The Consumer Product Safety Improvement Act of 2008 was passed into United States Public Law (No: 110-314).
This law passed with overwhelming support from American law makers because over the past few years our nation experienced an unfortunately large number of recalls on products that have been imported to our country. Consumers and legislators were particularly concerned about children's toy's that were recalled because of dangerous levels of lead and other toxins or dangerously defective product design or manufacture.
This law requires manufacturers and importers to subject toys and other nursery products to certify that they have passed strict mandatory U.S. safety standards before they hit the store shelves. The certifications must be based on reasonable production testing of parts or finished products.
One senator noted: Much blame has been placed on the U.S. Consumer Product Safety Commission, CPSC, for failing to adequately protect consumers from dangerous products entering the United States. Whether this was being too lax with regard to negligible product safety standards for toys and other items produced abroad, or ineffective and often toothless oversight of the manufacturing and design process wherever the toys were made, there is more than enough blame to spread around. While I certainly recognize the important contributions of the dedicated career employees at the CPSC, it is clear that the CPSC lacks the adequate resources, and political will, to combat this growing problem.
Further legislation was passed that doubles the Consumer Product Safety Commission's funding to be incrementally increased between 2009 and 2015. More funds will allow closer oversight to the regulations and collections of fines for non-compliance (the fines have been greatly increased).
Public Law 110-314 changes the operating landscape for many manufacturers, retailers and distributors. By this law CPSC regulation will require many changes, the following are just a few of them:
Toy and JP Testing: This requires mandatory third party safety certifications of products made for children 12 and under. Upon CPSC accreditation, private labs could be allowed to test products if they provide equal or greater consumer protection than available third party labs. Authorizes CPSC personnel to inspect any lab certified under the Consumer Product Safety Act and withdraw accreditation if necessary. The JPMA Certification Program is subject to update and is expected to provide a turnkey solution to these new testing and certification requirements. Certain durable infant products: Specifically identifies certain products that will need to contain product registration cards, which are: full-size cribs and non-full-size cribs, toddler beds, high chairs, booster chairs, hook-on chairs, bath seats, gates and other enclosures for confining a child, play yards, stationary activity centers,infant carriers, strollers, walkers,swings, bassinets and cradles.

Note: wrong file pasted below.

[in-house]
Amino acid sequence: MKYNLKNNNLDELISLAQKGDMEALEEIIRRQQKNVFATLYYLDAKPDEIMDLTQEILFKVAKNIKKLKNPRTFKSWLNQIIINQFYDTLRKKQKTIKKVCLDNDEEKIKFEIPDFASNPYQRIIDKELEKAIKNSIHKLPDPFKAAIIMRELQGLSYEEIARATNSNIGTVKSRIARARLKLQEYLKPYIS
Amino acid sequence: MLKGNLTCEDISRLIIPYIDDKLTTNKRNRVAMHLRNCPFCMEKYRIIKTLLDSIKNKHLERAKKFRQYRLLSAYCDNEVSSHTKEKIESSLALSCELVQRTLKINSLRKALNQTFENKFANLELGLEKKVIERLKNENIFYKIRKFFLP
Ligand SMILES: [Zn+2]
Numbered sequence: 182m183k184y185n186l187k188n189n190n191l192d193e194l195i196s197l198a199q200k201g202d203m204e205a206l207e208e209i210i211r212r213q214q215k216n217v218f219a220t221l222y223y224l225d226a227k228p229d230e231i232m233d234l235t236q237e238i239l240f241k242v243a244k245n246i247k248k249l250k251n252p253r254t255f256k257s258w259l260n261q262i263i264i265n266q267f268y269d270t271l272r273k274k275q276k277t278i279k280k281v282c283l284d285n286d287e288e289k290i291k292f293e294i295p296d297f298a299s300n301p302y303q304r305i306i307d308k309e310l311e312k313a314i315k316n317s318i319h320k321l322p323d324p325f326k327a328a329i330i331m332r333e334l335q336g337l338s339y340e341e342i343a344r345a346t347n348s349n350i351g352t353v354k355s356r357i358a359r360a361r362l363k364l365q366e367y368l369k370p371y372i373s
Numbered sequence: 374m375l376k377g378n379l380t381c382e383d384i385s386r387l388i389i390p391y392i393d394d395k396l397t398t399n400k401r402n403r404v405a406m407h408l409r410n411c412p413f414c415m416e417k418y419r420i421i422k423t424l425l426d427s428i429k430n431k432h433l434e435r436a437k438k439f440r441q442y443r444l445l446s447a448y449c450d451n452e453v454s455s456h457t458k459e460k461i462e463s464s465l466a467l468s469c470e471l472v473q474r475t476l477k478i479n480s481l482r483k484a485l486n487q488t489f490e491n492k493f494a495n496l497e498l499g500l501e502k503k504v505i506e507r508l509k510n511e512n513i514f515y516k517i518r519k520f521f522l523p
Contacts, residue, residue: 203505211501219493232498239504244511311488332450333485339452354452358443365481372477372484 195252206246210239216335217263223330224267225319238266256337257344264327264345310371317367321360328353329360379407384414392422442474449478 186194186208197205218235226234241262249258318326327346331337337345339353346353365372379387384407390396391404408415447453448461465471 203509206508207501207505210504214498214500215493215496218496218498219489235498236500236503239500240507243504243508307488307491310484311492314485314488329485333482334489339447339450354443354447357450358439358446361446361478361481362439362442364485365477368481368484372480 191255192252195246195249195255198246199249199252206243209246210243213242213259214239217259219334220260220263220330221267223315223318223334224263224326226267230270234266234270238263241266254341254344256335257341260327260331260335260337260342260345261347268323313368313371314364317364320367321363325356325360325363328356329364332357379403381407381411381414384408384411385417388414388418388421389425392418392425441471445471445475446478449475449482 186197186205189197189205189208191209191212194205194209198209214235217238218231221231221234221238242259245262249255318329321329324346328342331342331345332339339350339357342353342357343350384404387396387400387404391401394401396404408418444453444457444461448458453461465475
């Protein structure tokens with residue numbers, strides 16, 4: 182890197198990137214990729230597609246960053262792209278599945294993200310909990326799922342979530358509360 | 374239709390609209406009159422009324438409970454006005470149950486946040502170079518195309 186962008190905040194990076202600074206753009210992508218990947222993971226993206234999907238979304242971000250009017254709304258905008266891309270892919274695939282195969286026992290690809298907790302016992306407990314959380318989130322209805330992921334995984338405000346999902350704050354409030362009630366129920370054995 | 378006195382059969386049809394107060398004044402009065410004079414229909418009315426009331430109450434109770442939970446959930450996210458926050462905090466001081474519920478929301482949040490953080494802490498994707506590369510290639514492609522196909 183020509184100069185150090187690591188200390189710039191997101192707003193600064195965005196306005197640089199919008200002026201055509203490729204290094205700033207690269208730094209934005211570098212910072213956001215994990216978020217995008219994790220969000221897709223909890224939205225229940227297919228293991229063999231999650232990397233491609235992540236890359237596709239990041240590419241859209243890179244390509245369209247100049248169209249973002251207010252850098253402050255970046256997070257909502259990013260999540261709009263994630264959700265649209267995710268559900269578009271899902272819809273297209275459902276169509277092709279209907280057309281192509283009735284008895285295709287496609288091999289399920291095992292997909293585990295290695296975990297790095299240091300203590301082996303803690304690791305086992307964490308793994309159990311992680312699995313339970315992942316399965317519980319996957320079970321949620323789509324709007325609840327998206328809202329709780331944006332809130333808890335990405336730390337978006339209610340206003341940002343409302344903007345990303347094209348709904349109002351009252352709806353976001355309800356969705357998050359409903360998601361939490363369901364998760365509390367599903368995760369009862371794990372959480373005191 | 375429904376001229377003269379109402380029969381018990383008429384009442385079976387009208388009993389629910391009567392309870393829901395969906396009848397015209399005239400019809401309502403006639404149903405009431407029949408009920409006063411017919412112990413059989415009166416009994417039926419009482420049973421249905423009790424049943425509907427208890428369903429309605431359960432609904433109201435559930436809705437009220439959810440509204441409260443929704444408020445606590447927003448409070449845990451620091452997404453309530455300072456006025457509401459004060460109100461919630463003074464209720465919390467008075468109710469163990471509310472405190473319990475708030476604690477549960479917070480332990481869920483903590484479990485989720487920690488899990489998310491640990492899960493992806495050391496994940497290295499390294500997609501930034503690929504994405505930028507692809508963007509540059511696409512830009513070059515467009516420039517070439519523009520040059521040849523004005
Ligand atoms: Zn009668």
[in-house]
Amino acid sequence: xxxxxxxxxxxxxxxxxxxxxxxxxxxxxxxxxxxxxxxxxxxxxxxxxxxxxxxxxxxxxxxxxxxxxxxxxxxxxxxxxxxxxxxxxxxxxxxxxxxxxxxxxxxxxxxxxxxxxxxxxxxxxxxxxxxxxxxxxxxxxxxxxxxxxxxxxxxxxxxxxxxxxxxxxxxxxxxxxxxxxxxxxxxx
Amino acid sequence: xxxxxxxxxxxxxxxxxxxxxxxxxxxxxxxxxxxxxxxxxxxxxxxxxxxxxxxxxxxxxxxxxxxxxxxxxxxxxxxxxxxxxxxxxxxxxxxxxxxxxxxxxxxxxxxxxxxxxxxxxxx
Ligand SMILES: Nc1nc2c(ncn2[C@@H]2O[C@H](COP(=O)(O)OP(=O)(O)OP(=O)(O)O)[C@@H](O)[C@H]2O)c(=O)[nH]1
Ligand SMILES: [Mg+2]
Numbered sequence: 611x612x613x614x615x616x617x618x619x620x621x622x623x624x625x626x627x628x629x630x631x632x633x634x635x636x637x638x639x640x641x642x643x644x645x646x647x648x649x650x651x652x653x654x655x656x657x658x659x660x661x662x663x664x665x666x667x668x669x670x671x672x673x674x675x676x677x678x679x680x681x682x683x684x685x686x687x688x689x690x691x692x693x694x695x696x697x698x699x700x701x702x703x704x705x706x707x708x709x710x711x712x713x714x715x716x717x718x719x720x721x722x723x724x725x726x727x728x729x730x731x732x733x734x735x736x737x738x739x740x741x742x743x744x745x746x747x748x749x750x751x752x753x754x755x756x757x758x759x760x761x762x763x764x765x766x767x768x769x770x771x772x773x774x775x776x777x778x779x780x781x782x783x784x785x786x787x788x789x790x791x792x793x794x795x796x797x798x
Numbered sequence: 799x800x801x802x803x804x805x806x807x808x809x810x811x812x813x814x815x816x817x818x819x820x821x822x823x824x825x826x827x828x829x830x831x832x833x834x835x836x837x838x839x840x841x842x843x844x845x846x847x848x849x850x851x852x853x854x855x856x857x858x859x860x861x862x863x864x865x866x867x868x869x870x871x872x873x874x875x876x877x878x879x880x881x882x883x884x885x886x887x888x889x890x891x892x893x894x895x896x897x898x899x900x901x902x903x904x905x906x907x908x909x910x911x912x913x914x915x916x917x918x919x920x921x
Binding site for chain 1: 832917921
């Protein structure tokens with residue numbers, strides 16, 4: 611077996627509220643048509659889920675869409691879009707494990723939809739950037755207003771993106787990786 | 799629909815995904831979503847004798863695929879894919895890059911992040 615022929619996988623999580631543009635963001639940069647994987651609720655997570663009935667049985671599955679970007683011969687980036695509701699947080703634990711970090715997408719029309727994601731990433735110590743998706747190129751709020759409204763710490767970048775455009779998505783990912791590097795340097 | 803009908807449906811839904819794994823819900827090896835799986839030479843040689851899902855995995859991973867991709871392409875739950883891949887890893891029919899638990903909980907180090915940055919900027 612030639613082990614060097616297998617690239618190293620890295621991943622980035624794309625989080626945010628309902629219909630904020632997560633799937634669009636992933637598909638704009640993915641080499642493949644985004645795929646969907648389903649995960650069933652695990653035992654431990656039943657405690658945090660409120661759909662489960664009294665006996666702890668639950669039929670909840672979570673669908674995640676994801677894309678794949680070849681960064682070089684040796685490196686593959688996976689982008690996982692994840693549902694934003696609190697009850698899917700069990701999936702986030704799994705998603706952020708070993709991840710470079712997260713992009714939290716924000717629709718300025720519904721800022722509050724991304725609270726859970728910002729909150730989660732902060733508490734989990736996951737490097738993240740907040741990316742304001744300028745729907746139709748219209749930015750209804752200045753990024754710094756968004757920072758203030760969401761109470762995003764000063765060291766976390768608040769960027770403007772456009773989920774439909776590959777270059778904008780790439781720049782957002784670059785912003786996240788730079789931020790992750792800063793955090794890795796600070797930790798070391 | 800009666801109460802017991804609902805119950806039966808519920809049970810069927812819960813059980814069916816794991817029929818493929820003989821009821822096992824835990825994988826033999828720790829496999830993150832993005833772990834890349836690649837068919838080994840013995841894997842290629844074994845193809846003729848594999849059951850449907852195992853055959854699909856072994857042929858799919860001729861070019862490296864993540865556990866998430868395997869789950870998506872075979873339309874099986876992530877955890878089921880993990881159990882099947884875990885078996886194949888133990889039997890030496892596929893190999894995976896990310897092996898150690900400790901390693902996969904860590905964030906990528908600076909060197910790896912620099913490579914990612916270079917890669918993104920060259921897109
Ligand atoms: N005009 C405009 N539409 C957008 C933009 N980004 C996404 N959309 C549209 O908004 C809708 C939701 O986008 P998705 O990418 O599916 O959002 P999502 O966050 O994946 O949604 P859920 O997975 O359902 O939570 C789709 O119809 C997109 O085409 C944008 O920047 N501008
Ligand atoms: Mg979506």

Lead in S
ubstrates: Bans lead for products manufactured for children age 12 or younger. Specifically, the permissible level of lead in children's products would be 600 ppm after 180 days, 300 ppm after one year, and 100 ppm after three years following enactment, if feasible. The CPSC is directed to periodically review and lower the limit and also to except inaccessible parts, electronic components and parts that do not pose a human health risk.
Phthalates (plastic softeners): Permanently bans the sale, only of toys and certain under 3 childcare articles containing trace concentrations of three phthalates: DEHP, DBP, or BBP. Temporarily bans products containing trace concentrations of DINP, DIDP, or DnOP unless further study and evaluation prompts the CPSC to lift the ban.
There are many questions about how exactly the law will be interpreted and implemented. Though all the details are not totally ironed out, CPSC has a very informative “Frequently Asked Questions and Answers” about the new law on-line at: http://www.cpsc.gov/ABOUT/Cpsia/faq/faq.html
Paragon Packaging is committed to new Product Safety Testing Policy for 2009: Now that the CPSIA is fully in effect, the additional testing requirements over and above previous ASTM F-963 requirements (i.e. total lead content testing in material substrates, phthalates testing in surface coatings and substrates, etc.) result in a great deal of variability of testing costs based on the design of your products.
In other words, toys and games are subject to huge swings in safety testing costs depending upon the type and number of plastics used, colors, inks, paints, etc. Therefore, effective immediately we are establishing the policy that the cost of product safety testing will be determined on a case by case basis when we issue the complete product proposal to you.
We will always make sure to quote the most cost effective testing regime in accordance with the regulations in effect where you products are sold. Of course, it is imperative for you to always communicate with us prior to the time when the products are submitted to the lab for testing exactly what regulations the product should be tested to. For example if you will be distributing your products in the U.S., the requirement is that the product be compliant with HR-4040. If the product is to be sold in Europe, the standard to be tested against will be EN-71. Finally, in working with you collaboratively in the product development process, we have the experience to suggest ways in which you can save on costs such as product safety testing based on the use of colors in plastics and inks, choice of materials, etc.
We look forward to helping you in producing products as cost effectively as possible!
Source: Compiled By Paragon Packaging